Do we purify water effectively? Quality can easily be improved, research shows
23. 05. 2022
For raw water to turn into drinking water, it must go through a process of complex purification which first removes any physical impurities. This is achieved thanks to a process called coagulation, which is not, however, equally effective in all cases. In order for water treatment plants to adjust the purification process as needed, they have to test the water. Lacking a comprehensive manual until now, water treatment plants can newly consult the just published handbook put together by experts from the Institute of Hydrodynamics of the CAS. The handbook is also available for free in electronic form.
Our surface waters contain a significant amount of foreign substances. Modern analytical methods can detect everything from pesticides, nanomaterials, and microplastics to residuals of pharmaceuticals, antidepressants, or various hormones. All these substances are present in water in very small concentrations, but researchers are not certain what biological effects a number of these residuals can have. It’s therefore a good idea to purify raw water as efficiently as possible.
A team of experts from the Institute of Hydrodynamics of the CAS, led by Martin Pivokonský, has published a handbook entitled Jar Tests for Water Treatment Optimisation: How to Perform Jar Tests. It should standardise and streamline water treatment procedures and raise awareness of one of the basic tests of treatment efficiency, the so-called jar test.
Different waters, different treatment requirements
Coagulation is a process used during water treatment. The principle is simple: a substance is added to the water that contains impurities, which then overcomes the repulsive forces of the impurities contained in the water. The technical term for this substance is coagulant. It allows the particles to merge into larger units, known as flocs, which are then easily removed or filtered out of the water.
The handbook was published by the International Water Association which brings together water treatment experts from all over the world.
However, the coagulation process is not always just as efficient or reliable. Its effectiveness is largely influenced by the nature of the impurities themselves. The type of coagulant used is also a variable. The temperature of the water, its pH value, and even how and with what intensity the water is stirred during the purification process – these all have an influence. To determine how effective the water treatment will be, the operators need to get the parameters right. That’s what the tests are for.
Testing, testing, 1, 2, 3
One such basic test, the most widely used worldwide, is the optimisation jar test. Its procedure has been known since the 1920s and is still used today in various modifications. “It is an absolutely crucial and irreplaceable test for optimising basic technical parameters in the water treatment process,” explains Martin Pivokonský, director of the Institute of Hydrodynamics of the CAS and the main author of the handbook.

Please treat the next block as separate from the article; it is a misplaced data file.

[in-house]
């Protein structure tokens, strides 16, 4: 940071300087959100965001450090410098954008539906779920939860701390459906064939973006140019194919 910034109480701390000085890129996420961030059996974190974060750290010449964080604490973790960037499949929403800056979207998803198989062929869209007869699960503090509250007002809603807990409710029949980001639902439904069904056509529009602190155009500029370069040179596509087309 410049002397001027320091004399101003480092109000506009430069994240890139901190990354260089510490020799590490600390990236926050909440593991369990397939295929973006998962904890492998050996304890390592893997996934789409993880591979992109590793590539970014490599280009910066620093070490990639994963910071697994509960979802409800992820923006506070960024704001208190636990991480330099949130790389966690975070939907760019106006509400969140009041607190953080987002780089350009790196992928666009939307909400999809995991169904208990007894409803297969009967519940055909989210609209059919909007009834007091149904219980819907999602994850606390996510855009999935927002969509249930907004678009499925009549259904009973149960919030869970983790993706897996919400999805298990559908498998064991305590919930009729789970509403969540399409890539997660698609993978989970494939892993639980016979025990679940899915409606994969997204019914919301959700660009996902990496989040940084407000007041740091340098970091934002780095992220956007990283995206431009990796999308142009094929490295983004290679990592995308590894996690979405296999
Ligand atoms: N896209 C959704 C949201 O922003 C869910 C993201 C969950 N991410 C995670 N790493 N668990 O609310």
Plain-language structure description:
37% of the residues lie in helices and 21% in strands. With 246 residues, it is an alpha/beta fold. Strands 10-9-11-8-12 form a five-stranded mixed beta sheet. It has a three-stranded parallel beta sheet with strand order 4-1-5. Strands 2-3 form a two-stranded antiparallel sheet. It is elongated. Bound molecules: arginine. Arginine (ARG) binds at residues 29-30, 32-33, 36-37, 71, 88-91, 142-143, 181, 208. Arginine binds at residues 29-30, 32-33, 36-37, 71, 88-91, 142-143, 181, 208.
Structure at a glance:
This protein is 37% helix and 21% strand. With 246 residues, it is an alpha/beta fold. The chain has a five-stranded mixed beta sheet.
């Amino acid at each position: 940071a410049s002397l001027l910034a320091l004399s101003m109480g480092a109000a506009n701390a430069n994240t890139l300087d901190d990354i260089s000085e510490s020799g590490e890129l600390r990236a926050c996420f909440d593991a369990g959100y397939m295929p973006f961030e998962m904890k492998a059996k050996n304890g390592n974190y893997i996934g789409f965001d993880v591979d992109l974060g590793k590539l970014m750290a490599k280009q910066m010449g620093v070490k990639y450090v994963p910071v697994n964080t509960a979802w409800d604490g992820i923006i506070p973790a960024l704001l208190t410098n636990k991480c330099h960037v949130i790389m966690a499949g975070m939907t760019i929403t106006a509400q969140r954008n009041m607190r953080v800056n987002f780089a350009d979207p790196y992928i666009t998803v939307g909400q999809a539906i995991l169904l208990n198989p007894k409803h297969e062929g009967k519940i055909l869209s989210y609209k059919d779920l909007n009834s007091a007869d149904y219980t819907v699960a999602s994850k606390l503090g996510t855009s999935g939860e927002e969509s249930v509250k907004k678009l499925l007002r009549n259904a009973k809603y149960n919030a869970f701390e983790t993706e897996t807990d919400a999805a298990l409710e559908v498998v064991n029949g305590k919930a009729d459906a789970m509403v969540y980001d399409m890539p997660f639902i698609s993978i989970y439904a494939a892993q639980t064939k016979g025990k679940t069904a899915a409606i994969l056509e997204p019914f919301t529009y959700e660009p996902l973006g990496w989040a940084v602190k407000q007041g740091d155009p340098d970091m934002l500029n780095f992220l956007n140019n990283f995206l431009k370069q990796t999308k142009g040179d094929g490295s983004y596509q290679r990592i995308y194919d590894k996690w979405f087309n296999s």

The model jar test is a series of laboratory tests that simulate the entire treatment process on a small sample of water. With its help, it is possible to determine the most effective type of coagulant and a number of other variables that affect the purification process.
Although the jar test is an essential tool for water treatment, its use is not entirely common. “Performing jar tests is not common practice in water treatment plants,” the researcher adds. Many water treatment plants do not test the effectiveness of the purification process, relying instead on past experience or managing the treatment based on the water treatment engineers’ feel for it.
But over the past decade, water quality has generally been declining, and new types of pollution are constantly emerging. Water treatment technology must respond to these changes. Inefficient treatment not only leads to a reduction in the quality of drinking water, but also increases the operating costs of treatment. Water containing contaminants clogs filters, which then need to be changed more frequently. “If we take advantage of the latest findings and adjust the parameters for water treatment correctly, the whole process can be very efficient and relatively inexpensive,” Pivokonský notes. “However, it is always necessary to react to specific circumstances when implementing a procedure, because every water is different.”
For cleaner water in our lives
The new handbook put together by experts from the Institute of Hydrodynamics of the CAS makes it possible for all water treatment engineers, regardless of their experience, to perform jar tests. “We’ve spent years standardising the methodology to make the tests easy to use while also providing relevant results,” Pivokonský sums up, adding that the jar test itself does not require any special equipment. “Moreover, the preparation takes no more than two hours,” he adds.
In addition to the printed version, you can also download for free the electronic version of Jar Tests for Water Treatment Optimisation: How to Perform Jar Tests here.
Prepared by: Jan Hanáček, Division of External Relations, CAO of the CAS
Translated by: Tereza Novická, Division of External Relations, CAO of the CAS
Photo: Shutterstock; Institute of Hydrodynamics of the CAS; Jana Plavec, Division of External Relations, CAO of the CAS
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The Czech Academy of Sciences (the CAS)
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